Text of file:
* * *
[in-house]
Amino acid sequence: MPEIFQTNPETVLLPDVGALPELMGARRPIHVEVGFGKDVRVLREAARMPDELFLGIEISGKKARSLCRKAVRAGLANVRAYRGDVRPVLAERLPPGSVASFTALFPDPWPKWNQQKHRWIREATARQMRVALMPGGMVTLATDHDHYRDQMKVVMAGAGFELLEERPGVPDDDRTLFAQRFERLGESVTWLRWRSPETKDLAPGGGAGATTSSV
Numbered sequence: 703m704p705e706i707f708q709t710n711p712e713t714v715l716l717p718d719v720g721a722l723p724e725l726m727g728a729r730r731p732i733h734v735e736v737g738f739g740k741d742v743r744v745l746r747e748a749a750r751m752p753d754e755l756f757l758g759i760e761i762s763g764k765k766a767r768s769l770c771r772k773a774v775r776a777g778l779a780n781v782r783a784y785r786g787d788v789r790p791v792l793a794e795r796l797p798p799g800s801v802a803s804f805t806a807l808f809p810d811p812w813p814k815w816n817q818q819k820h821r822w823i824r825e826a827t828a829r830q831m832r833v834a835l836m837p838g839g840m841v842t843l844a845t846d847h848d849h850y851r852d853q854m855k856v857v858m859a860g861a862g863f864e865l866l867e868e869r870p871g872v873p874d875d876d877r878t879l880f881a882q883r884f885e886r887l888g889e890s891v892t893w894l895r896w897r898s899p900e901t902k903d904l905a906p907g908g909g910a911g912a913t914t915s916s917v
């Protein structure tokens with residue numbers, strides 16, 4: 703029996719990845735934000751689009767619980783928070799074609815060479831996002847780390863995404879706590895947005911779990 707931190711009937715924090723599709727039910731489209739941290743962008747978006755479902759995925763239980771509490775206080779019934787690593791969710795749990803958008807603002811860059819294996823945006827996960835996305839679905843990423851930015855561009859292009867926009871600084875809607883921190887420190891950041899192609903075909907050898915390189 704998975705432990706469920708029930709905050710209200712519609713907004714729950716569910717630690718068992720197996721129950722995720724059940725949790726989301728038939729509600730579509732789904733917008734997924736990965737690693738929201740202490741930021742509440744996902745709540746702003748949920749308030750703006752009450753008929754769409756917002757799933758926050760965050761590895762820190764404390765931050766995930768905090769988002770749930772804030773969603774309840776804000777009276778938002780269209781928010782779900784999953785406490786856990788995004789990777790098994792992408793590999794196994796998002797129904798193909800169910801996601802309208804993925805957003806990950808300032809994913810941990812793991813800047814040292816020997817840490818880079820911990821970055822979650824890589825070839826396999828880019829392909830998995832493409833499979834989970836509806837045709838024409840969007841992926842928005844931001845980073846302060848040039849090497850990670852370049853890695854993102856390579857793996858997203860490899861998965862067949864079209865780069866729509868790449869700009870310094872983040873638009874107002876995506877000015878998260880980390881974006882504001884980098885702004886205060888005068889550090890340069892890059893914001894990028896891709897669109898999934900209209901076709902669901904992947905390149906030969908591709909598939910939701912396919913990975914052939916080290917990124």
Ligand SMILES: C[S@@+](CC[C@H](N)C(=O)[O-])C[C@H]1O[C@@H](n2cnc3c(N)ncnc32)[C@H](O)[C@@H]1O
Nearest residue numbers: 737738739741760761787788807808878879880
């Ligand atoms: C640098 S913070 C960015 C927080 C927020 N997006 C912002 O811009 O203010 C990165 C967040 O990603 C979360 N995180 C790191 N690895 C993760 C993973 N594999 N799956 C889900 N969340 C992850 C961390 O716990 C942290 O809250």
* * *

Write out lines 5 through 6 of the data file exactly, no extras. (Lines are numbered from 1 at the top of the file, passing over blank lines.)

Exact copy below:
Ligand SMILES: C[S@@+](CC[C@H](N)C(=O)[O-])C[C@H]1O[C@@H](n2cnc3c(N)ncnc32)[C@H](O)[C@@H]1O
Nearest residue numbers: 737738739741760761787788807808878879880